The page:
Any US Contract Law Limiting Small Print?

How much can the small print taketh away, and how obvious does it need to be? Obviously, no binding clause can be outright illegal, but what if the small print on a car lease agreement gave the company the right to repossess your auto if you were ever stopped for any traffic violation whatsoever? What if the small print was actually on the back of the (apparently single-sided) contract?

(On a related note, what if one party challenges a contract and the contracts held by both parties manifestly do not match? Imagine each contract contains a clause the other does not, each clause at variance being beneficial to the side holding that version of the contract. Just how far does the judge toss the losers out of his courtroom, and are they expected to bounce? ;))

Generally, if it’s there and you signed it, you’re stuck.

There are a couple exceptions. For example, the UCC requires that certain disclaimers of warranty be “prominent”. Something in the fine print wouldn’t qualify.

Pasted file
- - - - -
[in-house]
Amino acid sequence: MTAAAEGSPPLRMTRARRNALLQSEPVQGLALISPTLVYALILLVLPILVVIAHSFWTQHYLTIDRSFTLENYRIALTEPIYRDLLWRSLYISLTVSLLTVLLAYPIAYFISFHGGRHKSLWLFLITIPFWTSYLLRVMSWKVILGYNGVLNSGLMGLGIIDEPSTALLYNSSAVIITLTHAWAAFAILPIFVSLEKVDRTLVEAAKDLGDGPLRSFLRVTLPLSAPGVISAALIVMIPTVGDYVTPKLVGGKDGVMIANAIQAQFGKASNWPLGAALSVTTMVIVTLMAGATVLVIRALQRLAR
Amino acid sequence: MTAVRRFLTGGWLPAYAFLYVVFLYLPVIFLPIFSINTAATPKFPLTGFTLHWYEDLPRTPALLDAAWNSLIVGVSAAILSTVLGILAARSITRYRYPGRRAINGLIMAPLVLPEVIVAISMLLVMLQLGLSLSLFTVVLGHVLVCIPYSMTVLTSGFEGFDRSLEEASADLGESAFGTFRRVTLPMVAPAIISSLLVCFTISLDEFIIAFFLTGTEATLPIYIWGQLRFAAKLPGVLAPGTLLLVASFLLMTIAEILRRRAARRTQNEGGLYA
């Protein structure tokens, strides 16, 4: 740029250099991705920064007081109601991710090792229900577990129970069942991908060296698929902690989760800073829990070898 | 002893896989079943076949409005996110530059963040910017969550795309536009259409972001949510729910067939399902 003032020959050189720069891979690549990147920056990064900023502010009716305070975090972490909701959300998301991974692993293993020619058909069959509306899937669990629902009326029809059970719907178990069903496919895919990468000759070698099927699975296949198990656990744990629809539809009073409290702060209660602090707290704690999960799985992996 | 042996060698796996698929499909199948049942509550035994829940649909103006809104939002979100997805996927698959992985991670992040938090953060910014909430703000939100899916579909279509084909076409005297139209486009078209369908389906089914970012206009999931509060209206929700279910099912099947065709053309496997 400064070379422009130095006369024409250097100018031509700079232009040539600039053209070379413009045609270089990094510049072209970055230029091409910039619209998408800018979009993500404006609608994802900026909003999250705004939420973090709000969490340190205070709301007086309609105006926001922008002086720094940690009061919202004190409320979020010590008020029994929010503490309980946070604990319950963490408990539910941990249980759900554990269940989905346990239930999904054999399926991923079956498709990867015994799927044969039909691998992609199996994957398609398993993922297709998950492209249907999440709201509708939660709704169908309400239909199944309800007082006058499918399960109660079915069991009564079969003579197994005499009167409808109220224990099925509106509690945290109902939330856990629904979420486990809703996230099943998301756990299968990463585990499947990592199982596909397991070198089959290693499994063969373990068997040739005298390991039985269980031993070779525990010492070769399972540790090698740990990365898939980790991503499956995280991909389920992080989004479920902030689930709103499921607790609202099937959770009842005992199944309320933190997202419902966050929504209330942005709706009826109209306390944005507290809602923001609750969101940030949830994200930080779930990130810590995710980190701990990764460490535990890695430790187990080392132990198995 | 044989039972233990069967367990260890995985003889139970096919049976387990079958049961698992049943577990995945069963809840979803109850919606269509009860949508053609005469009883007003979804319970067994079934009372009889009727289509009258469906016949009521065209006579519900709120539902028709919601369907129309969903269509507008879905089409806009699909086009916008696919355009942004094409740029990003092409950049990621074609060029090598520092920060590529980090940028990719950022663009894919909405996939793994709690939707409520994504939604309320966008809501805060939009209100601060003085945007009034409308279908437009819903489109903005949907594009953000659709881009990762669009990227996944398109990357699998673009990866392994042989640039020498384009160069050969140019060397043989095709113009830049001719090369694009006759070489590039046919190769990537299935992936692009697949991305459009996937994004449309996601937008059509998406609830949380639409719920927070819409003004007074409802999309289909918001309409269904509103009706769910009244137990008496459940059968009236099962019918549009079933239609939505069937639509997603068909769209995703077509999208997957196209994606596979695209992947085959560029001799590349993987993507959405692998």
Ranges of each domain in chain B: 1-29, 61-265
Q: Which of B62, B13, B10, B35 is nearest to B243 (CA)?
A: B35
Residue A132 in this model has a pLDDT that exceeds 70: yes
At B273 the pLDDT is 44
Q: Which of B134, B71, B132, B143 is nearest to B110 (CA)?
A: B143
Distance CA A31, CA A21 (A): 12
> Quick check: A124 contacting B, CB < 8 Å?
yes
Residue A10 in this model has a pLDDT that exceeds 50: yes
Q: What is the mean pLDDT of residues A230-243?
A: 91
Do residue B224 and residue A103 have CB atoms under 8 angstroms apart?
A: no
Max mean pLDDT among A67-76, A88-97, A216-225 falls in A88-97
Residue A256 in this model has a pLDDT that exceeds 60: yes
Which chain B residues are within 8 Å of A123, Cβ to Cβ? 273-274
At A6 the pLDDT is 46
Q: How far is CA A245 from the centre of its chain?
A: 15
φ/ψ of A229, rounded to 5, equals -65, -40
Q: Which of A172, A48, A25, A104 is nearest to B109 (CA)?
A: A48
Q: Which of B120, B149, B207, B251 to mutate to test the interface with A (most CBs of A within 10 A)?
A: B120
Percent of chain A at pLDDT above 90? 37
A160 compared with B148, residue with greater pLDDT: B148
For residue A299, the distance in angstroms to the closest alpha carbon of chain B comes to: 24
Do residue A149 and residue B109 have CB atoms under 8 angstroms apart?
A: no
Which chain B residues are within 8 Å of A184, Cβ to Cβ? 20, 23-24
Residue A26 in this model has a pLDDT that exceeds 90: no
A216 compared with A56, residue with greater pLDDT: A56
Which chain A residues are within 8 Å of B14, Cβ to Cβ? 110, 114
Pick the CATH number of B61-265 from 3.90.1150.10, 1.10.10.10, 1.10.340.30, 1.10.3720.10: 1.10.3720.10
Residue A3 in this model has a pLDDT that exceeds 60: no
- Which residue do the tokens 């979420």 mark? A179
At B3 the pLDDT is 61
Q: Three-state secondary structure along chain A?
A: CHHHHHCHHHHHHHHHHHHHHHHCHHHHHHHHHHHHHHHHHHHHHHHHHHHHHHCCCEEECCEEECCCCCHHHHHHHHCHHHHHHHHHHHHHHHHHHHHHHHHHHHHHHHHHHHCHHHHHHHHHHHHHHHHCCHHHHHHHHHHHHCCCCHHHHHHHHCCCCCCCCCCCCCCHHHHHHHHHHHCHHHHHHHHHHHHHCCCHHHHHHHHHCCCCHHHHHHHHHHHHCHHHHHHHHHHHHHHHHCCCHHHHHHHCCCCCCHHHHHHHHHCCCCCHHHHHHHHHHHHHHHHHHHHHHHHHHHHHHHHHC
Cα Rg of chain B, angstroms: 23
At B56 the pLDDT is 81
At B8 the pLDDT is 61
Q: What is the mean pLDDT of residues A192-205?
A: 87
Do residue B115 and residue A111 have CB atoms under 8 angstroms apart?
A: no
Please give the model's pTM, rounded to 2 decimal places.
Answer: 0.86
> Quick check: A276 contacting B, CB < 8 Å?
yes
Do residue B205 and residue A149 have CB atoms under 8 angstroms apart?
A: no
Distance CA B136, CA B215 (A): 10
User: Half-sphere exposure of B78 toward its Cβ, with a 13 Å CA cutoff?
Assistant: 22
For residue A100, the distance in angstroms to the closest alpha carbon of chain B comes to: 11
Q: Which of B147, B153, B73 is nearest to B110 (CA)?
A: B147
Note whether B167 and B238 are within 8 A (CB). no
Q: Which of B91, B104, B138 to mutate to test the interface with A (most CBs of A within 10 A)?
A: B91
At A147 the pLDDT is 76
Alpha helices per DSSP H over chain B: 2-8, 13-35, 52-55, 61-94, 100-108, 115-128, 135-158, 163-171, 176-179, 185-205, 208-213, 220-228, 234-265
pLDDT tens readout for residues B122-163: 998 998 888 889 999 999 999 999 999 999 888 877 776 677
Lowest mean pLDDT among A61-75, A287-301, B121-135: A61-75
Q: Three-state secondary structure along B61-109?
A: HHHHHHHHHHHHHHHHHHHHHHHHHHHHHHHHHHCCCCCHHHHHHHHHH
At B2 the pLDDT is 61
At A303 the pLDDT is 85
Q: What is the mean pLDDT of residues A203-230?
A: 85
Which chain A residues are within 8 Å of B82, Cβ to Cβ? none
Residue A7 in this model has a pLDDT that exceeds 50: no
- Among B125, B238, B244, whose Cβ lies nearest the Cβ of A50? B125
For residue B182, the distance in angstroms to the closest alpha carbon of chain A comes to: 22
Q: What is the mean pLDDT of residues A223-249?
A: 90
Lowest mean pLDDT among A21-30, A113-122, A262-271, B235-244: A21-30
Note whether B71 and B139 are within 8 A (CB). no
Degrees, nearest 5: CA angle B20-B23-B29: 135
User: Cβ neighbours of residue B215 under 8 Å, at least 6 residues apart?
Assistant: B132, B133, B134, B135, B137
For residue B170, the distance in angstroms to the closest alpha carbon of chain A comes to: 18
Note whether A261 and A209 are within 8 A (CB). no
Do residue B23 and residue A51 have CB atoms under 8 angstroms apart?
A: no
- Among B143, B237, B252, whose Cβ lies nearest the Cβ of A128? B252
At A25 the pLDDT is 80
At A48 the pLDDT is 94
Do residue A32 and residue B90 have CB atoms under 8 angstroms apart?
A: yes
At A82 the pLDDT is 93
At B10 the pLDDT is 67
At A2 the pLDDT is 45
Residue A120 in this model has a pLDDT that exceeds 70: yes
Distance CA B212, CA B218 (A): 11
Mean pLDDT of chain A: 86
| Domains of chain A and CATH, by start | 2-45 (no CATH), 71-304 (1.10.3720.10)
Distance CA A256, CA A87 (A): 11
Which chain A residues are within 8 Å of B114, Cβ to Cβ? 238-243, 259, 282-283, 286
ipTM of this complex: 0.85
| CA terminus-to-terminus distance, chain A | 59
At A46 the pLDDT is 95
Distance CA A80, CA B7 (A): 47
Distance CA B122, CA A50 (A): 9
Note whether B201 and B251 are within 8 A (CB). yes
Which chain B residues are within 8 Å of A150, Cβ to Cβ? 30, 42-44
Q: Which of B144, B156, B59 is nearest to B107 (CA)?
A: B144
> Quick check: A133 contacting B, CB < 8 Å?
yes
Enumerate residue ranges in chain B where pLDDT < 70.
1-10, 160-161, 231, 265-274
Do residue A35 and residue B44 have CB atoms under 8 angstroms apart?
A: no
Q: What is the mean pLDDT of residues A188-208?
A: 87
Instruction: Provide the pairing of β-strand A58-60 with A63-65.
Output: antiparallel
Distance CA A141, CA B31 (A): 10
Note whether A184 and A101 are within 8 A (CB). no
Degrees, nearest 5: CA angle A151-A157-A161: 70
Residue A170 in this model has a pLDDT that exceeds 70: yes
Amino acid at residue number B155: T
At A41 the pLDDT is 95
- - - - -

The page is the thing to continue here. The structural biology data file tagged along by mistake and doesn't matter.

Under your second scenario, I’d need to know more to comment. Who signed which version? Both signed both? Any evidence of later alteration?

Yeah, IAAL, but not in your state, and not your lawyer. This is general information, and not meant to be reliable legal advice. See a lawyer licensed in your state for that.

(I’ve gotta get around to making that my sig.)

Here, I thought this was about limiting the size of the text itself. Which the SEC does on annual reports.

New York State has rules on the minimum print size that can be used in insurance contracts in that state. (No smaller than 9 point, as I recall.)

As New York is a big market, many insurance companies simply follow those rules for all their contracts, rather than having to provide a separate set for New York.

This is purely for my own curiosity. I wouldn’t ask the on the Dope for real legal advice.

I thought there was some limits on how small the text can be. (I won’t even get into all the myriad ways you can define `point’ in relation to font size: I presume the statutes cover that as well.) My questions all focus on how you can make important text radically less discoverable by either hiding a vital clause in a wad of fine print or putting the fine print in a place nobody would ever think to look.

As for my second question, suppose both sides copied the signatures and seals onto a new contract that contains their clause of choice. That is, they both enter the courtroom with forged documents. Given that they are both equally guilty, what could the penalty be?